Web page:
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Los Angeles Times Interview : Haris Pasovic : Ensuring Culture Survives Amid the Horrors of Sarajevo

April 17, 1994|Danica Kirka | Danica Kirka, a journalist now based in Zagreb, is a former articles editor on the Opinion section.

A: It was a very strong and active presence . . . . (But) you need normal life for the flourishing of art. I don't want to mystify the situation. I don't want people to have a hidden desire to be in a war in order to be creative in their arts. It's better to walk on the beach on the Pacific, (watch) a sunset and make poetry. It's a better inspiration than listening to grenades and being afraid to be killed or injured. But the point is, that even in such an extreme situation, the artist remains the artist; and for me, the major feature which defines the artist is his or her vision for freedom.

Q: Do you think, then, that people are seizing upon culture to remind them of what their lives were once like?

A: Culture is a part of basic human nature, of deep humanity. It is normal that people are responding, in a cultural way, to crisis. Life is not just food, it's something spiritual. People live also with feelings, not just with their stomachs. People have to have food for their souls.

It's hard to generalize. It's something to do with the rhythm of life. (Without art), it just makes us forget something that is more subtle, and more needed for our dreams.

Q: How do people respond to art in troubled times?

A: I think the response is great. It's proved by 20,000 people who line up in Sarajevo for a film festival. We had packed houses for every production. People responded to the very fact we were working under those circumstances . . . . Q: But are you able to function under these circumstances?

A: These circumstances are wonderful, compared with the circumstances before the ultimatum . . . . For example, today, when we talk, there's not such a chance to die on the spot. In all other days before this ultimatum, it was. It wasn't a fictional point. It was a real chance to die at any place, at any time in the city. And it created a special kind of behavior, a special way of moving through the city.

I remember the days when we prepared our latest productions. It was in December of last year, and it was one of the most difficult periods in the war. They was shelling every single day. Every single day, five or six people were massacred in the center of the city. And dozens were injured. But nobody was late for rehearsal. It was very exciting for me to work with people who decided to live, and to work. And from that feeling came a special strength which overcame the situation.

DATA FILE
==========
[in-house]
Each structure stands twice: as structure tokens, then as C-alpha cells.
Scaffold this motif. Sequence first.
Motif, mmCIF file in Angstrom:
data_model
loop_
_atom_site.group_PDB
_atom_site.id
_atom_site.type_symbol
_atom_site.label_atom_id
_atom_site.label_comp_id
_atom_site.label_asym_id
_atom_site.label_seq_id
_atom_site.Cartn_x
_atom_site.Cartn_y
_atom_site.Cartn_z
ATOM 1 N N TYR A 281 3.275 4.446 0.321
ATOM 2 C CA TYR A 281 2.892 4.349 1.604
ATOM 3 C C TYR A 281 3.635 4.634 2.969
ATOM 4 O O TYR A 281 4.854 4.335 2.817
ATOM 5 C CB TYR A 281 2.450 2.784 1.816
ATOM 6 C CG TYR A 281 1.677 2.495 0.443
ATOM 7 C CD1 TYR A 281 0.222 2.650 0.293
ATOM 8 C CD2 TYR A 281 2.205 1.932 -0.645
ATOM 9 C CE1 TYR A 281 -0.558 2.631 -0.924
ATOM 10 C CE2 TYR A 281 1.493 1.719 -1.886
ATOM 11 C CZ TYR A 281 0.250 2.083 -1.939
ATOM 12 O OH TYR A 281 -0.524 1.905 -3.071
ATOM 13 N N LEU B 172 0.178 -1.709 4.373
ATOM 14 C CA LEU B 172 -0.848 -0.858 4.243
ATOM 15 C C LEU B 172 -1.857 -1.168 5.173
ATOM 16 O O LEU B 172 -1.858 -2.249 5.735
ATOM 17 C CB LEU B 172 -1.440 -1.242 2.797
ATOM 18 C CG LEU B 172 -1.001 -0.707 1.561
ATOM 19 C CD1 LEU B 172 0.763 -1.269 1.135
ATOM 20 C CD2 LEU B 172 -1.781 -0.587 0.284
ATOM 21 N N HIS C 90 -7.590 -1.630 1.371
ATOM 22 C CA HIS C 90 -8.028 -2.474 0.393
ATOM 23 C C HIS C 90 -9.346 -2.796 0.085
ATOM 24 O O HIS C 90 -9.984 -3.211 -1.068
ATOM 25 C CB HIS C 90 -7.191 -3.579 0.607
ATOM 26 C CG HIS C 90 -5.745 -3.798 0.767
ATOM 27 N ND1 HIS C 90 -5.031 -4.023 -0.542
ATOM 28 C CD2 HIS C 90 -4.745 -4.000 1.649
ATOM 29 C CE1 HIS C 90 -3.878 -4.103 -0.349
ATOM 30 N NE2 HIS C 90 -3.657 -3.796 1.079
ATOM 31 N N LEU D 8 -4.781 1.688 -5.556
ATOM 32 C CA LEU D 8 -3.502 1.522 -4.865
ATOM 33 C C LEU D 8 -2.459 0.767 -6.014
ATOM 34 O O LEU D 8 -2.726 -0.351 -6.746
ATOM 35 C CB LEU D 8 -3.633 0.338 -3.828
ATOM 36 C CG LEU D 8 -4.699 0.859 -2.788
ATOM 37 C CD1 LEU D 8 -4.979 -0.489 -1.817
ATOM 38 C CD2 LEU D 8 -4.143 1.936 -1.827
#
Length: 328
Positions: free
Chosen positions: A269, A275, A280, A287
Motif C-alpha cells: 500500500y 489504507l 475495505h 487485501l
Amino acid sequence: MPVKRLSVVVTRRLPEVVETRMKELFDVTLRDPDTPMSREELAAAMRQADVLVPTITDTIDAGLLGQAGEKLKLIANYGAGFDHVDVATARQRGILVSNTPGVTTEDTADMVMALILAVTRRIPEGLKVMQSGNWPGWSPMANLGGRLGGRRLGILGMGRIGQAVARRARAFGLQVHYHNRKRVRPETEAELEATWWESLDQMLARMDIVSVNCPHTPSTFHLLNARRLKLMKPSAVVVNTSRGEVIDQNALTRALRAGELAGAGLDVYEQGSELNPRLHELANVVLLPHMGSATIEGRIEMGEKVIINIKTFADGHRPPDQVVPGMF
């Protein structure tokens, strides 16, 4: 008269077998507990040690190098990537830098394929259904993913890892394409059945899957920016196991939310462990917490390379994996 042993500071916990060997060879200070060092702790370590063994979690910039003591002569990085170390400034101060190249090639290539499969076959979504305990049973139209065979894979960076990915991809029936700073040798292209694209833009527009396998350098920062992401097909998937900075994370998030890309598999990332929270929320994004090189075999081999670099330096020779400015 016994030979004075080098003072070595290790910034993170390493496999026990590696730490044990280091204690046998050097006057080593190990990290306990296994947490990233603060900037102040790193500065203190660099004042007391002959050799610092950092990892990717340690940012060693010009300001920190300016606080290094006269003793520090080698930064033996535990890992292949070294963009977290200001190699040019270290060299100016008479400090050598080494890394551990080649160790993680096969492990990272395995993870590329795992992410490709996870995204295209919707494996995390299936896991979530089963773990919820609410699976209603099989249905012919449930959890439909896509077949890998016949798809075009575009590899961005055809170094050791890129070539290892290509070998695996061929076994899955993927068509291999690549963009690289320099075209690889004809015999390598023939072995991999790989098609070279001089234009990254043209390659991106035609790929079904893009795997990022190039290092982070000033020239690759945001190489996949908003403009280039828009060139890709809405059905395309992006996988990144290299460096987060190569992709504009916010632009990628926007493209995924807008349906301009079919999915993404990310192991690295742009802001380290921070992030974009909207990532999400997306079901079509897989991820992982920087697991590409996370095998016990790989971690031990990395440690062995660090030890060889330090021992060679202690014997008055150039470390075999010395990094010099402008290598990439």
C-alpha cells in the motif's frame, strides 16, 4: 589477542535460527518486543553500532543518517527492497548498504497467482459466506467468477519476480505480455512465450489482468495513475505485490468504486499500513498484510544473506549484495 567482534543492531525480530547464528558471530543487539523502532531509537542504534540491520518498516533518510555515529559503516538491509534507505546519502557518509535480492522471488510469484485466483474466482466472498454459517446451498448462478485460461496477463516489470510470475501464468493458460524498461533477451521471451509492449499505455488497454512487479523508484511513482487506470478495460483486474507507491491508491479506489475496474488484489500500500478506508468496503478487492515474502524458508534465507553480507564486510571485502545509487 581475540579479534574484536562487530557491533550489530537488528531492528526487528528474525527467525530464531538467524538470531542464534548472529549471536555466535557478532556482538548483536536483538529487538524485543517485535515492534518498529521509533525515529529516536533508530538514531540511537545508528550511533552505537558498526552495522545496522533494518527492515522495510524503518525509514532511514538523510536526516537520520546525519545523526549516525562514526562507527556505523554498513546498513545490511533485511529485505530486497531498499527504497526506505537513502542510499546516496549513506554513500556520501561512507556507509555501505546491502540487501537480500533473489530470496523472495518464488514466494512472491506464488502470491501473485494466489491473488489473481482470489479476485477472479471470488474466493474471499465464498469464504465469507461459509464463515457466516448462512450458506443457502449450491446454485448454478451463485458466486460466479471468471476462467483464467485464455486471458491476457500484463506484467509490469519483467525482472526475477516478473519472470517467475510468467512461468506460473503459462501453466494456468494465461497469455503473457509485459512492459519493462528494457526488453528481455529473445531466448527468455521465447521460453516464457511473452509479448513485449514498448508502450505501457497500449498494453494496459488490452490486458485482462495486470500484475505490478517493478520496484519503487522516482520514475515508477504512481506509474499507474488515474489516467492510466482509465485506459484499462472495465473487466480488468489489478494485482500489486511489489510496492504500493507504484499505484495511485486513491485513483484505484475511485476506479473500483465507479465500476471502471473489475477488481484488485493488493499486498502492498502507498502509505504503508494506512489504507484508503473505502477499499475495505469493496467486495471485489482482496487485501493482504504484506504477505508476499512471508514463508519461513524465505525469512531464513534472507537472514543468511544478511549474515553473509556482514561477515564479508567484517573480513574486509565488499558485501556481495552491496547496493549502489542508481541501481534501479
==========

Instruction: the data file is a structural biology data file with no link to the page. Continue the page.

But honestly speaking, everything is pure luck. To survive in this city means before all, that you are the lucky one. So far.

Q: Tell me about your last production, "Silk Drums."

A: The latest one was based on Japanese classical theater . . . . We've already played 18 productions in different places in the city, mostly in hospitals, refugee centers. Because this time we wanted to approach people who are not able to come to the theater--the theater building. It was a very exciting, very special experience for all of us.

Q: What was the audience reaction?

A: It was incredible, because the first part, "Birdcatcher in Hell" is comic, so it's expected to be well-received. But the second part is a very sophisticated and a very difficult play of "Agoron." It's about the angel who fell from Earth, it's a kind of fairy tale, but in a Japanese Buddhist way, with a lot of dance. Almost every time, the entire audience was completely silent during the second part. We went to some places like the refugee centers where there were people . . . whom I'm not sure had ever seen the theater before . . . .

(At Kosevo hospital), most of (the audience) were without legs, without arms and (the lead actor) was dancing all the time. And they were shelling at the same time. So, it's impossible to transfer an experience like this one.

Q: To what do you attribute your reception? Was it the message of the play?

A: We are not talking about war, death and love in the production. We are talking about life, and dreams and freedom. Surely, it is the most difficult audience you can imagine. Because the audience has such experience, life experience. You hardly can match that experience. You have to do something at least at the same level of their experience. And we have the same experience as them. So, before we go before them, we try to translate our experience.

During the film festival, we had more than 20,000 people in 10 days. It was a major film festival. We had three theaters, 10 screenings per day. And the main hall was at the corner of . . . "Sniper Alley." They were shooting all the time. And people were coming to the screening with good perfumes--the clothes were just wonderful. They would run across the street to avoid the snipers. Then, they would come to the theater . . . .

Q: What do you think that says about cinema, about theater?

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